One home kit manufacturer estimates that the kit amounts to just 25% of the total cost of the home once you include construction labor costs (generally $130 per square foot). If the house kit is $15,000, but you still need to furnish it with appliances, drywall, flooring, etc., it can quickly double in cost in materials alone. Meet with a general contractor before making a big purchase like the bones to a house.

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Pros And Cons Of Kit Home Builds

As with any other financial decision you’ll make in your life, there is no one right answer for everyone. A kit home may ultimately not be much cheaper if you live in a low-cost area. Here are some important factors to consider when deciding between different types of houses.

Pros Of House Kits

Cost: Kit homes are typically cheaper than general contractor traditional home builds, for a number of reasons.

Quick delivery: Kit home manufacturers can typically get the entire kit organized and delivered to you within weeks.

Rapid construction: Because every piece is pre-cut and labeled with directions on how to assemble the house, it can be built significantly more quickly and accurately.

Customization: The biggest benefit to building any home from the ground up is bringing a homeowner’s customized dream home to life.

New home: Kit homes are just as durable as any other stick-built home and can easily last 50+ years. Plus, you get to be the first inhabitants.

Cons Of House Kits

Delivery limits: Most manufacturers have a delivery limit of 750 miles, give or take. If you prefer the floor plans offered at a manufacturer in Utah but you live in Texas, you’ll have to pay expensive delivery fees to receive the kit.

Location: Kit homes may not be cheaper than contractor-produced homes if you live in a rural or less expensive area of the country. If you live in a metropolitan area, a kit home will be unquestionably cheaper.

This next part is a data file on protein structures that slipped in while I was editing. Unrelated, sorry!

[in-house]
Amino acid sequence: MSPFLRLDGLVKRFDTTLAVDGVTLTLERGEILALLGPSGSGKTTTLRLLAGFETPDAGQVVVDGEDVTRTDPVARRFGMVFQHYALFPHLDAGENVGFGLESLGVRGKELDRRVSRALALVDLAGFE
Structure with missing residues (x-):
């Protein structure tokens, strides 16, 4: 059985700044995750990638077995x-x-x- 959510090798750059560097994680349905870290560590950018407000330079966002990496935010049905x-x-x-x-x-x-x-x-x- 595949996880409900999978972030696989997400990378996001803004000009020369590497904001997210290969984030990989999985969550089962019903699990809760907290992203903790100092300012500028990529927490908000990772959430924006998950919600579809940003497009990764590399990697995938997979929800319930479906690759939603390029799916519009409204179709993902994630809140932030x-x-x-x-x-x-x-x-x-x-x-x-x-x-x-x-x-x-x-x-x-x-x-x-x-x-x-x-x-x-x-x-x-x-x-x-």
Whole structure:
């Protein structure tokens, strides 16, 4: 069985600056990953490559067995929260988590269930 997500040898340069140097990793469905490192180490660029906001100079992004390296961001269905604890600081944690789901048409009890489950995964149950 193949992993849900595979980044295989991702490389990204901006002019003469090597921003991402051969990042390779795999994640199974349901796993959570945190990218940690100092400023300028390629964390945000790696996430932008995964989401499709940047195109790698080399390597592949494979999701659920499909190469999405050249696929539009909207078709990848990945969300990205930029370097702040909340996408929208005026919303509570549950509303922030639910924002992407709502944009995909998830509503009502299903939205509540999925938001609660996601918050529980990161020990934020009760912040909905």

Lack of standards: The industry is in a new boom, which means nothing has been standardized industry-wide or regulated by HUD. A full kit may include a foundation and interior design for one company, while for another, it won’t even include drywall. Expect to do research.

How To Finance A Kit Home

Getting a mortgage on a kit home is no different than building any other house. Most manufacturers don’t offer financing options. If you can’t pay cash, then you’re looking at a short-term home construction loan. Once your home is built, you can go ahead and apply for a traditional mortgage.

While Rocket Mortgage® doesn’t offer construction financing, including kit home financing, we’re here to help you understand your options. It’s also important to note that we offer financing for modular homes once they’re complete. If you’re ready to convert your construction loan for a modular home to a traditional mortgage, apply online!

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Victoria Araj

Victoria Araj is a Section Editor for Rocket Mortgage and held roles in mortgage banking, public relations and more in her 15+ years with the company. She holds a bachelor’s degree in journalism with an emphasis in political science from Michigan State University, and a master’s degree in public administration from the University of Michigan.